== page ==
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In his newly published autobiography, Learning To Listen: The Jazz Journey Of Gary Burton, the seven-time GRAMMY-winning vibraphonist, bandleader and educator not only examines his remarkable career, but also tells the touching story of a child who felt "somehow different from the other boys" but grew up living as a straight man before coming to terms with his sexuality and starting a new life as a gay man in the '80s.
Burton, 70, started playing music at 6, taking lessons from a local vibraphone and marimba teacher. He learned fast, ultimately pursuing his education at Berklee College of Music in Boston and on the bandstands and in the recording studios with artists such as country guitarist Hank Garland, jazz pianist George Shearing and saxist Stan Getz.
By the mid-'60s, Burton formed his own group. A curious, restless artist, along the way Burton helped pioneer what would become jazz-rock fusion and explored smooth jazz and country, all while nurturing the talents of luminary musicians such as Pat Metheny, John Scofield and Larry Coryell. Burton also developed a parallel career as an educator at Berklee, beginning as a teacher and eventually retiring as executive vice president in 2004.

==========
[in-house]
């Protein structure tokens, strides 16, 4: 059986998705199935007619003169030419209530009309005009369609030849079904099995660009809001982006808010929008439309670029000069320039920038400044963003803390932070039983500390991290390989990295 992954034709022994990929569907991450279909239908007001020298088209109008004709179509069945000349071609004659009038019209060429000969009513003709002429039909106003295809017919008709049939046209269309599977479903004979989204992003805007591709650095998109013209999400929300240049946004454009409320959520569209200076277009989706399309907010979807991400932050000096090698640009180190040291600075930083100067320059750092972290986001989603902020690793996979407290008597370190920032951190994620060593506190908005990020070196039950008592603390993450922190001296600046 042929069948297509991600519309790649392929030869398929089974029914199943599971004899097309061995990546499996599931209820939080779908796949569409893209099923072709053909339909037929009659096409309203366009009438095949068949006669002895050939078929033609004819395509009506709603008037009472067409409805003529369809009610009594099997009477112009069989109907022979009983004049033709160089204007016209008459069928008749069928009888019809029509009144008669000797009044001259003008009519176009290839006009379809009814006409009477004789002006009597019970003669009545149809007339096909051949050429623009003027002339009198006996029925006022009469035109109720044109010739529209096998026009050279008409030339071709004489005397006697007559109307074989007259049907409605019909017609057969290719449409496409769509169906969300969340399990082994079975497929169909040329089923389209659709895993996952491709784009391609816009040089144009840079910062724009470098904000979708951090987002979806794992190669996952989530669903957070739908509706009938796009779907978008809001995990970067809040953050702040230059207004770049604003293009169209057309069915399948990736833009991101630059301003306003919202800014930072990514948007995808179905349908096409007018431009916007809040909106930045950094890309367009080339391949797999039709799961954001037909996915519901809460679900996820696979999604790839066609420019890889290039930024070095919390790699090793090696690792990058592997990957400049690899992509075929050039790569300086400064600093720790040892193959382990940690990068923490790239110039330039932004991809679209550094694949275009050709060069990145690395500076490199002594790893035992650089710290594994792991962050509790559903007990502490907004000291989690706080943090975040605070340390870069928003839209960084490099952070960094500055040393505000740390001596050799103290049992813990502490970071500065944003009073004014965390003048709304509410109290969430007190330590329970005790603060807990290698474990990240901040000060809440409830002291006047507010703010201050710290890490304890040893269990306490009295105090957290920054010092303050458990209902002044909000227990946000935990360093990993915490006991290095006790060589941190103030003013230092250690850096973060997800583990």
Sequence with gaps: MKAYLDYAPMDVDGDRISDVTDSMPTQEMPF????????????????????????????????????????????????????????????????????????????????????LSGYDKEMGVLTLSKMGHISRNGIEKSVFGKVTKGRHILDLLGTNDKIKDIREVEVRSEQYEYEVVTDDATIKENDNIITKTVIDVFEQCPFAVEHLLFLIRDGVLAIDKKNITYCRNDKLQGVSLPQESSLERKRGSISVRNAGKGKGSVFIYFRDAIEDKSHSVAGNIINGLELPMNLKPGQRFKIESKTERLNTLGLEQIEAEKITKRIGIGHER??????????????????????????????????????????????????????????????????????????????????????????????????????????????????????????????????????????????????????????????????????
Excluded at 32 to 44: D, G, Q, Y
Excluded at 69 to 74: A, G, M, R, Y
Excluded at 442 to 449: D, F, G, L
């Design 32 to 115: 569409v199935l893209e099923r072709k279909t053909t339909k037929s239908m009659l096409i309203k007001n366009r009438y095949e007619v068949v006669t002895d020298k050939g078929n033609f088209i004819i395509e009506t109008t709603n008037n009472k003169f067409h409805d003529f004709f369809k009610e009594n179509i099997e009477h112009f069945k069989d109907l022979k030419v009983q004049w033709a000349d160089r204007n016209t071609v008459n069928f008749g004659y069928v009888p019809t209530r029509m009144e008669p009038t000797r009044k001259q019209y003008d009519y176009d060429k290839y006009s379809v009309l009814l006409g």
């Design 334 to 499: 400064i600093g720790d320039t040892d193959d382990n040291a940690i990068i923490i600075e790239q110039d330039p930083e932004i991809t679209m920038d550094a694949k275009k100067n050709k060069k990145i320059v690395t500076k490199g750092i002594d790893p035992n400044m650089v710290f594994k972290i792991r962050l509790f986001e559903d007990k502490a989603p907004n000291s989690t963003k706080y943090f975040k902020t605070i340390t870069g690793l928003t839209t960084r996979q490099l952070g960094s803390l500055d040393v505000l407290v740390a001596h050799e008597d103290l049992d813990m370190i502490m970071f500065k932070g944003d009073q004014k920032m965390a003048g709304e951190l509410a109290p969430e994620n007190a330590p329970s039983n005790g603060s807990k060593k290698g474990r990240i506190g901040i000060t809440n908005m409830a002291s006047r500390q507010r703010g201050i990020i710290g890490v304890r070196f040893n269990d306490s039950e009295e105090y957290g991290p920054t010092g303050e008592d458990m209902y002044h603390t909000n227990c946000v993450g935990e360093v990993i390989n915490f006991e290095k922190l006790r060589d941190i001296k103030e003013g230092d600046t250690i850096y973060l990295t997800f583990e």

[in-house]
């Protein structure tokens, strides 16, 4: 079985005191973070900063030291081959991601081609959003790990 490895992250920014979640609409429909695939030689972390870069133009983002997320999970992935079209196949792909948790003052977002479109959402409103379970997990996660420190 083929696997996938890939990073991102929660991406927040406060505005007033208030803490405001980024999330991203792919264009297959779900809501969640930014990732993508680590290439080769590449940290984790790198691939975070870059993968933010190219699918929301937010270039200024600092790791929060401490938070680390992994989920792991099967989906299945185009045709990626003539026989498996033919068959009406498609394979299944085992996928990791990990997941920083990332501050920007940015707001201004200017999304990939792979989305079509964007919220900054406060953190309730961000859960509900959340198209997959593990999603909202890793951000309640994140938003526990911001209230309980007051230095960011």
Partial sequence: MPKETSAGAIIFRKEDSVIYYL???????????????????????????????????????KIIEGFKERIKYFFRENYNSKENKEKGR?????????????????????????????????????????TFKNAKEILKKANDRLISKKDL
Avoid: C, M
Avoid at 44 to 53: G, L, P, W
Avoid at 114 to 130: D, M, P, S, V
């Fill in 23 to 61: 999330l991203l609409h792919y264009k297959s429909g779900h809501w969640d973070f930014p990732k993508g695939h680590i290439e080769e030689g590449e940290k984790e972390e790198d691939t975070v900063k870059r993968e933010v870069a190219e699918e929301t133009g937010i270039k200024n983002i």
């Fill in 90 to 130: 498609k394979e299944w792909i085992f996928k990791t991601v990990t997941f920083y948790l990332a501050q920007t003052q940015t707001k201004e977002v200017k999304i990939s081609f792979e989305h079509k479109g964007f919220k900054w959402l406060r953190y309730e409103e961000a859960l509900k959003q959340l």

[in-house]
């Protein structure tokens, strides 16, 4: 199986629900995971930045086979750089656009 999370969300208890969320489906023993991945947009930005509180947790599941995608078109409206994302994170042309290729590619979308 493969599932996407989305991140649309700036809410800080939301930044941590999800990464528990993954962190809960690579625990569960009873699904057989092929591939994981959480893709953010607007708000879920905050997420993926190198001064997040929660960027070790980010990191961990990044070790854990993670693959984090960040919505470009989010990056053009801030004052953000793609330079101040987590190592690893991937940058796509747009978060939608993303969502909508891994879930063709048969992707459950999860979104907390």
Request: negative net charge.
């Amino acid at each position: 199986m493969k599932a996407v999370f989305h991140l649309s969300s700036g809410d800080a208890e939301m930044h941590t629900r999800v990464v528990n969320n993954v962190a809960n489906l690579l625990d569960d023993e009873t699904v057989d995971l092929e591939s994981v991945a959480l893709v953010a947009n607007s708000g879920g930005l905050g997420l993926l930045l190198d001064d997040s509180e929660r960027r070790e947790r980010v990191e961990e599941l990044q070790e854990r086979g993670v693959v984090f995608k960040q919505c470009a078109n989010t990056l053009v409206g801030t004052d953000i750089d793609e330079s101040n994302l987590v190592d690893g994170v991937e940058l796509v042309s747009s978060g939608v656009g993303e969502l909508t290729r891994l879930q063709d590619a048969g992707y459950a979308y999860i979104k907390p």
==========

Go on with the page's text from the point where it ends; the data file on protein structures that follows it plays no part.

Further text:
With a new album, Guided Tour, a tour with his quartet kicking off Sept. 12 in Washington, D.C., and having just married his longtime partner, Jonathan Chong, Burton is not slowing down anytime soon.
In an exclusive interview with GRAMMY.com, the jazz staple discusses the themes addressed in his autobiography, what he has learned from his many musical collaborations and coming to terms with his sexuality, among other topics.
Beyond telling your story, what were the issues you wanted to address in your book?
I decided I had three things to tell. First, my life in jazz, that's the obvious. Then, how I figured out I was gay and how I adjusted to it in my career and with my family and relationships. And the third theme is how creativity works. I've been teaching this for three decades and people who are not musicians are always asking, "How do you do what you do? How do you know what notes to play? How do you know what he's going to play?" I realize that there's a lot of mystery in music for people, and I've always wanted to dispel it.
How did you pick the vibraphone? That's not exactly the first instrument a kid starting in music has in mind, probably much less in a rural town in Indiana.
I didn't pick the vibraphone. My parents picked it for me because there was a teacher nearby. I assumed there were vibraphones everywhere. It was later on that I found out that nobody had ever heard of the thing. And I did have doubts about [playing the vibraphone] by the time I moved to New York. When I lived in Boston I played more gigs on piano because there were no gigs for vibes.
You have worked with many great artists, from pianist George Shearing and saxophonist Stan Getz to tango composer Astor Piazzolla and classical composer Samuel Barber. What did you take away from those experiences?